On Both Sides, The Media Is Peddling A False Dilemma About Trump
Why Free Is Bad For You
An op-ed headline in The Washington Post this week intrigued me: “Our town’s newspaper was mocked for endorsing Trump. Here’s what we think now.”
The column was from Gary Abernathy, publisher and editor of the Hillsboro, Ohio Times-Gazette. It was accompanied by a photo of an idyllic rural scene: a field of soybeans, a combine harvester, a setting sun.
Trump: News Media's Worthy Competitor
In 2013, Lawrence Lessig gave a TED talk called “We, The People, And The Republic We Must Reclaim.”
In it, he made an impassioned and articulate plea for campaign finance reform. He described the tiny fraction of Americans who control the majority of campaign spending -- the one percent of the one percent who give $10,000 or more to federal candidates, the 132 individuals who gave 60% (!) of the Super PAC money spent in the 2012 election. “[T]his dependence upon the funders,” he said, “produces a subtle, understated, camouflaged bending to keep the funders happy.”
Humanity, Not Technology: The Idea Worth Spreading
They say competition makes you stronger. When you’re on your own, there’s a tendency to slack off. When you compete, you have to be better than your opponent, who has to be better than you, and the two of you push each other further and further until ultimately you are delivering the absolute best performance you are capable of.
This is not to say competition always produces better outcomes. In the quest to win, people will often go too far, in sports as well as business. But in general, in a competitive environment, all participants will perform at a higher level than they otherwise would.
Can Technology Make The World Great Again?
The red circle. The big letters. The earnestness. Once a year, the good and the great converge on Vancouver, Canada for the TED conference: Technology, Entertainment, Design. Nearly 2,000 people gathered for a week to consider our past, present and future.
There was something interesting about the talks this week. While there were a few technological marvels -- swarms of tiny, self-organizing robots, for example, or a personal cargo-carrying robot that follows you around with your shopping -- many of the talks dealt not with technology, but humanity.
Ethics Are For Everyone
We’ve all heard the promises: Technology is going to give us a better world. It will allow us to feed the masses, democratize education, enjoy unfettered free speech. Healthcare, energy and transport will all be revolutionized and demonetized. We’re heading for a brave new world.
And -- despite what you may see on the news -- there’s lots of evidence that life is getting better for humanity as a whole. Last June, Peter Diamandis compiled 10 charts demonstrating this progress: dramatic decreases in absolute poverty, child labor, percent of income spent on food, the under-five mortality rate, the teen birth rate, the homicide rate… even a random one about guinea worm infections.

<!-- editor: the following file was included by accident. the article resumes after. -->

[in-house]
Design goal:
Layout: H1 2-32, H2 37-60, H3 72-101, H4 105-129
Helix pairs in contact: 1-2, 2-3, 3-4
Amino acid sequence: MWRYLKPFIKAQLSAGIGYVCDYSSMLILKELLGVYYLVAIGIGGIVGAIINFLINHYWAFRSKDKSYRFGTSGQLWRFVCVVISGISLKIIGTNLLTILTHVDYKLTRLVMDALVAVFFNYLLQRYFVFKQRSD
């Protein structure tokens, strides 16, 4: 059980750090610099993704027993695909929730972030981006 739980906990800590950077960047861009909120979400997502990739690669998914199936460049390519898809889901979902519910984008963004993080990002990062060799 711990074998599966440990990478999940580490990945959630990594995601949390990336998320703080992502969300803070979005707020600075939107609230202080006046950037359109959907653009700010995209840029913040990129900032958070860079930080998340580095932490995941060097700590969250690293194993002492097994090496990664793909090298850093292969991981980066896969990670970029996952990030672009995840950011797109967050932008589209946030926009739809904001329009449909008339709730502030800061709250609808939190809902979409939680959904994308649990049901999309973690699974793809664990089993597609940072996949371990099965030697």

But How Can I Make Money From It?
I admit to an overwhelming amount of schadenfreude at the challenges recently faced by Uber.
After all, its behavior has been egregious for ages. The company lied about how much drivers will make. It lied about their safety fees. It investigated criticsand threatened a female journalist who dared to speak negatively about it. In New Zealand, where I live, Uber has encouraged drivers to break the law, without guaranteeing it would pay any fines or provide legal cover.
This Article Is NOT About Trump
Another day, another presentation on exponential technologies. This one, to a group of high-growth business leaders. We go through the usual: The Law of Accelerating Returns. Doubling phenomenon applying to any technology that becomes information-enabled. Technological unemployment. Convergence. Opportunity. Terror.
Still Wondering How Trump Won? Try Psychographic Targeting
This article is not about Trump, but we’re going to have to go through him to get to the point.
Last October, Wired’s David Wong wrote a piece called "How Half Of America Lost Its F**cking Mind." If you’re not a Trump supporter, it’s the single best thing I’ve found to help you understand the other side.
Under Science-Unfriendly Administration, Internet And Its Data Are In Your Hands
You wake up, yawn, stretch. Pick up the phone. Check Facebook. “Like.” “Like.” “Like,” again.
After 10 “likes,” Michal Kosinski knows you better than your work colleagues. After 70, he knows you better than your partner does, including -- whether these things were explicitly referenced in your clicks or not -- your skin color, your sexual orientation, whether you’re a Democrat or a Republican, whether you smoke or do drugs… The list goes on.
In the final days of 2016, the website of the Wisconsin Department of Natural Resources got a bit of a refresh.
Unless you were paying close attention, you might have missed it. After all, most people don’t regularly visit the Wisconsin DNR. But the changes were caught by a website-monitoring service and shared on some blogs, starting with a guy named James Rowen.